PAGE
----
If you push the sliders too far to one side, you might notice subtle breakdowns in your colours. If you see this, that means the settings are just a little bit too much for the file to handle. The level that this happens at will depend on the quality of your camera and your image file. If you do notice this happening, just tone down the settings a little bit until you can no longer see the breakdown effect!
2. Skin Tones
When editing colours in a photo, your skin tones can turn out badly if you aren’t careful. Be careful with your saturation when working with skin tones, as they can quickly become over saturated and orange. Remember that luminance is a helpful tool to help shape the different highlights in the face and give some depth, once you have your hues right.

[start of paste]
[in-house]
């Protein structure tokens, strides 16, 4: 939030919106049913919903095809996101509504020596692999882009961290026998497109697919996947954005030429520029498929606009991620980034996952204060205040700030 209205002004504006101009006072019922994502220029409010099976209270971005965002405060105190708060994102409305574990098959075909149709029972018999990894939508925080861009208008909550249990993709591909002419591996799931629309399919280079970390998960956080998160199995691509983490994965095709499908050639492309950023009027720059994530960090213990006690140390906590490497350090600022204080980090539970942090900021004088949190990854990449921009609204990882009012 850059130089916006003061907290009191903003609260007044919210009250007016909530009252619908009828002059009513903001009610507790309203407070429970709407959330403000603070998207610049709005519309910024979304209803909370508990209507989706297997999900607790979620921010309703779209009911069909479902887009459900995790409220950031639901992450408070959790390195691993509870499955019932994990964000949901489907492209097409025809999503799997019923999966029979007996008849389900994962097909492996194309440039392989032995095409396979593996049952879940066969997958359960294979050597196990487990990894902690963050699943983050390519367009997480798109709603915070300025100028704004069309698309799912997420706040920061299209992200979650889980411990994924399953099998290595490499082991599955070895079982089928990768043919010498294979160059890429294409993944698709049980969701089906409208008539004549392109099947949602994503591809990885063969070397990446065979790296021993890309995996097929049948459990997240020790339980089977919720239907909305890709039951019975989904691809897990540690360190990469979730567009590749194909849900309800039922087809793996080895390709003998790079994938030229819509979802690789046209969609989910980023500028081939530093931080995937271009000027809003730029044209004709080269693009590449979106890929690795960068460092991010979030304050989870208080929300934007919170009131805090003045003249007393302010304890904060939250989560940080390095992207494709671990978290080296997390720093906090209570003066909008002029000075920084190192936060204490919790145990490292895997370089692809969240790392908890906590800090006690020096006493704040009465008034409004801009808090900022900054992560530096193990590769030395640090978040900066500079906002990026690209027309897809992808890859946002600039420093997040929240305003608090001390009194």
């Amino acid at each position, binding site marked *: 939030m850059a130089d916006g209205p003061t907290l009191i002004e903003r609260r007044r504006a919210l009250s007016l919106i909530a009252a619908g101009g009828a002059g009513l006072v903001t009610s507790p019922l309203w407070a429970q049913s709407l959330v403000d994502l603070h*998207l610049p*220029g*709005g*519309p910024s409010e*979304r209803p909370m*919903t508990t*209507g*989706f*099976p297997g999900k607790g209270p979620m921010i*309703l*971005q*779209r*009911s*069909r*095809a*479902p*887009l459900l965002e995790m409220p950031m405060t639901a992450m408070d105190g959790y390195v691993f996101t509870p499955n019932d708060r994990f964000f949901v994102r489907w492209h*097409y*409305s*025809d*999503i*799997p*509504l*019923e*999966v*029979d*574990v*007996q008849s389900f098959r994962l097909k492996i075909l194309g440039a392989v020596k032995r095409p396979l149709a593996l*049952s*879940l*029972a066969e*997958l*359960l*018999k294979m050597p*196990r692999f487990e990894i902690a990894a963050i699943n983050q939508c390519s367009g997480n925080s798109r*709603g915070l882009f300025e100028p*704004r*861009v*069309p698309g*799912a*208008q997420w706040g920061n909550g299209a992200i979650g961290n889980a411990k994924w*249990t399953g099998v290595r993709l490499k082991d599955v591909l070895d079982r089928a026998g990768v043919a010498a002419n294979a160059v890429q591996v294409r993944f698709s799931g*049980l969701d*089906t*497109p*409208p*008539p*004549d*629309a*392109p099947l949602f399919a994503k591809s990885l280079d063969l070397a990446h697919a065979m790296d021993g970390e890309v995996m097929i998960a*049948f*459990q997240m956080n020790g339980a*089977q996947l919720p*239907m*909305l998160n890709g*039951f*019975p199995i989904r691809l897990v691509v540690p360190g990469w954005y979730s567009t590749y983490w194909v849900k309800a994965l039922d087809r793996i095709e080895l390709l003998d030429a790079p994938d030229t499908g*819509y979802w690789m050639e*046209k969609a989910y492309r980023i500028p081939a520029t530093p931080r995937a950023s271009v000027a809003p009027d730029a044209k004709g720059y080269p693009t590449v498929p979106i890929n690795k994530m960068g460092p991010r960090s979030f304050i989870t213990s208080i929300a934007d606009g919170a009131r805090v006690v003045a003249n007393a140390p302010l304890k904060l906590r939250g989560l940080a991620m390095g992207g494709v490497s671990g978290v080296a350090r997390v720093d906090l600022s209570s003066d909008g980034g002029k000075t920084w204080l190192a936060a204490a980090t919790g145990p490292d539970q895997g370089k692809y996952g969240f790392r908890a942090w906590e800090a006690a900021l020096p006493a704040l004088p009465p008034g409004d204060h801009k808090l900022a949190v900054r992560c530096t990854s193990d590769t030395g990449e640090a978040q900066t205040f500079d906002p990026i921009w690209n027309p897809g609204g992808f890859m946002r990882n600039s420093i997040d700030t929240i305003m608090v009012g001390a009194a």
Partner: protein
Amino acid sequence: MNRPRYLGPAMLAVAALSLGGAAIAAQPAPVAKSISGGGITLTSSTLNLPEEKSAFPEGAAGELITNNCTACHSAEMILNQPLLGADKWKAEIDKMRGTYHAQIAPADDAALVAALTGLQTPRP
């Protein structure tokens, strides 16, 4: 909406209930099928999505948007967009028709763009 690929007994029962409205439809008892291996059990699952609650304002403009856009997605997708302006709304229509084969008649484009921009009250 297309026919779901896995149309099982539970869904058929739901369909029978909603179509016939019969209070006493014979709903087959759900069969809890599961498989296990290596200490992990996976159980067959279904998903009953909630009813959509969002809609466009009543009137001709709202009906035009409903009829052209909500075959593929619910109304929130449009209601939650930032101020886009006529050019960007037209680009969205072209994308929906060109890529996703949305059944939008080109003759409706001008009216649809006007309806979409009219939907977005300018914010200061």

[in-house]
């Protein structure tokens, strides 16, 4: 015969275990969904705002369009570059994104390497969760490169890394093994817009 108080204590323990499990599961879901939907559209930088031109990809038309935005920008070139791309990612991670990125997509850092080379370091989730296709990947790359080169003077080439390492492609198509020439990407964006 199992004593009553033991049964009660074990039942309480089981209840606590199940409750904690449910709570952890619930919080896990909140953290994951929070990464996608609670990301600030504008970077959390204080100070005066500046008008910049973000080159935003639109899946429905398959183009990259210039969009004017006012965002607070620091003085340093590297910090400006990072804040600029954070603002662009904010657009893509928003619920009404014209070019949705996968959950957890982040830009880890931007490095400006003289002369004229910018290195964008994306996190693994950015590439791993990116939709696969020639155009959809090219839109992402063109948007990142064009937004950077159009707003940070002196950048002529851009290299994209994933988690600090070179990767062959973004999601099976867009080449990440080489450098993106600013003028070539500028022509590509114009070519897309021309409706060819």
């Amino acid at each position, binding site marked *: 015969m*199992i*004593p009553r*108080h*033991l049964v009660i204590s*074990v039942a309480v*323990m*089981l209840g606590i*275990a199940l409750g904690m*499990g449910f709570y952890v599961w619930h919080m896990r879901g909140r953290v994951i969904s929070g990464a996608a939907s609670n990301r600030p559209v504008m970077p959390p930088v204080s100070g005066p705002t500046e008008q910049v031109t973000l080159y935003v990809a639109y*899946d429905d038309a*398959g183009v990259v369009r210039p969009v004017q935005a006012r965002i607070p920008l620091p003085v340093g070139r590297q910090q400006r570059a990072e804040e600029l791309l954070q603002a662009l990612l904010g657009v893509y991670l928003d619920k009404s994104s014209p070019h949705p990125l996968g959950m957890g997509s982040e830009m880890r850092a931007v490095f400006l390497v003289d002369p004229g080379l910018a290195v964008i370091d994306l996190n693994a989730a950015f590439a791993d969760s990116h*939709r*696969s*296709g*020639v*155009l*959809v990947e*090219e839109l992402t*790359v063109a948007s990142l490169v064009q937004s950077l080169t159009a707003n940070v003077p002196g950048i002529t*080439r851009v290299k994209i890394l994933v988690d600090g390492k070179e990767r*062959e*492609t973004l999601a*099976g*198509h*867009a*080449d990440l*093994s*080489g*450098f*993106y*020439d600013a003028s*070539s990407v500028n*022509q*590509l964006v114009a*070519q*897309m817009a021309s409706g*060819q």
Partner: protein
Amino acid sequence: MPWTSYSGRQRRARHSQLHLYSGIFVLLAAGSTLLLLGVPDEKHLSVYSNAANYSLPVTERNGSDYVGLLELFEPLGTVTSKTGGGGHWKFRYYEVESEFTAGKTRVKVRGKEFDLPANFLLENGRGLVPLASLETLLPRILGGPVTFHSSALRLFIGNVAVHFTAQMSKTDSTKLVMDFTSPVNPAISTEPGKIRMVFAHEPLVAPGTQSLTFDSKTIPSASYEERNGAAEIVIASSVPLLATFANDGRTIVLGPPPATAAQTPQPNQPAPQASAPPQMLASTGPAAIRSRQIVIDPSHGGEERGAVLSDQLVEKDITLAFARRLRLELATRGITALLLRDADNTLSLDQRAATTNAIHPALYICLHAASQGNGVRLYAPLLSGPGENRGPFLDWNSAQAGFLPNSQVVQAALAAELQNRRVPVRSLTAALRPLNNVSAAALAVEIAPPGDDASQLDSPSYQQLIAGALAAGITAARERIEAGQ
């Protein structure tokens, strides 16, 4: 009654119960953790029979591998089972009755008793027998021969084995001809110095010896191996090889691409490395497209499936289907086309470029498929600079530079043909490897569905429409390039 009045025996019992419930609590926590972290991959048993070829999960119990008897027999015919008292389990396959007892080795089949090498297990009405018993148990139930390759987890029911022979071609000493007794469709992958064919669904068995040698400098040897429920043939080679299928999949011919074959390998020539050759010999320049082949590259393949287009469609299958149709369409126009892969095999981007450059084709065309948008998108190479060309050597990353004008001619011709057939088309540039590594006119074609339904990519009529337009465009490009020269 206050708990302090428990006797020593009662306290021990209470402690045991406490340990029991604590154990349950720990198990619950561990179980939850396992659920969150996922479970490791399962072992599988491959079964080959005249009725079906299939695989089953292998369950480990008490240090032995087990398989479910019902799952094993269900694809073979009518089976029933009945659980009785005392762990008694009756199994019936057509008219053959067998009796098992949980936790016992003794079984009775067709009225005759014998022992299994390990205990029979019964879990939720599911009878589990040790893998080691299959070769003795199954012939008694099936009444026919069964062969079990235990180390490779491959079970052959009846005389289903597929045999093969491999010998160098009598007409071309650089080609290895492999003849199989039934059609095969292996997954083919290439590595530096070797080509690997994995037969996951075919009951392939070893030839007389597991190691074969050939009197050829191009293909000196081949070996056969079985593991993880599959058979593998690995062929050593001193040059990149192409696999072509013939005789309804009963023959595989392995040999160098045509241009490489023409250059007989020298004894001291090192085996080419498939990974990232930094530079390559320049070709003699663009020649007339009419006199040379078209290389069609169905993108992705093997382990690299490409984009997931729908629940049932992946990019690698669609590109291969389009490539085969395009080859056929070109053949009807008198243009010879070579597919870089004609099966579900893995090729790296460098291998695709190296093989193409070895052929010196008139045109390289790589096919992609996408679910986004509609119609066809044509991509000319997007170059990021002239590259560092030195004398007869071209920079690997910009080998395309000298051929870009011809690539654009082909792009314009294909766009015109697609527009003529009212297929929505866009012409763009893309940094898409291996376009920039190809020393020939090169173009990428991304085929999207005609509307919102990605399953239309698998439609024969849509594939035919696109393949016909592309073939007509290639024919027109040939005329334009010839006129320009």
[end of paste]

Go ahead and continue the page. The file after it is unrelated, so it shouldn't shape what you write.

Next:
3. Adjustment Point Tool
The Adjustment Point Tool is found in the top left corner of the HSL Panel. This tool is useful for when you can’t quite tell which colours are mixed in the area you want to edit. When you use this tool, it automatically determines which colours are found in the area you want to edit and adjusts all the corresponding sliders as you drag up or down on your image.
To use this tool, select it, and then go to the area of your image you want to edit. Then, click and drag on your photo and let Lightroom do the work for you! You can, of course, make more specific adjustments afterwards, but this tool will give you a great starting point. The Adjustment Point Tool can be used to adjust Hue, Saturation, or Luminance.
Colour is an incredibly important aspect of any photo, so it is important to understand how to edit those colours properly and make your photos pop!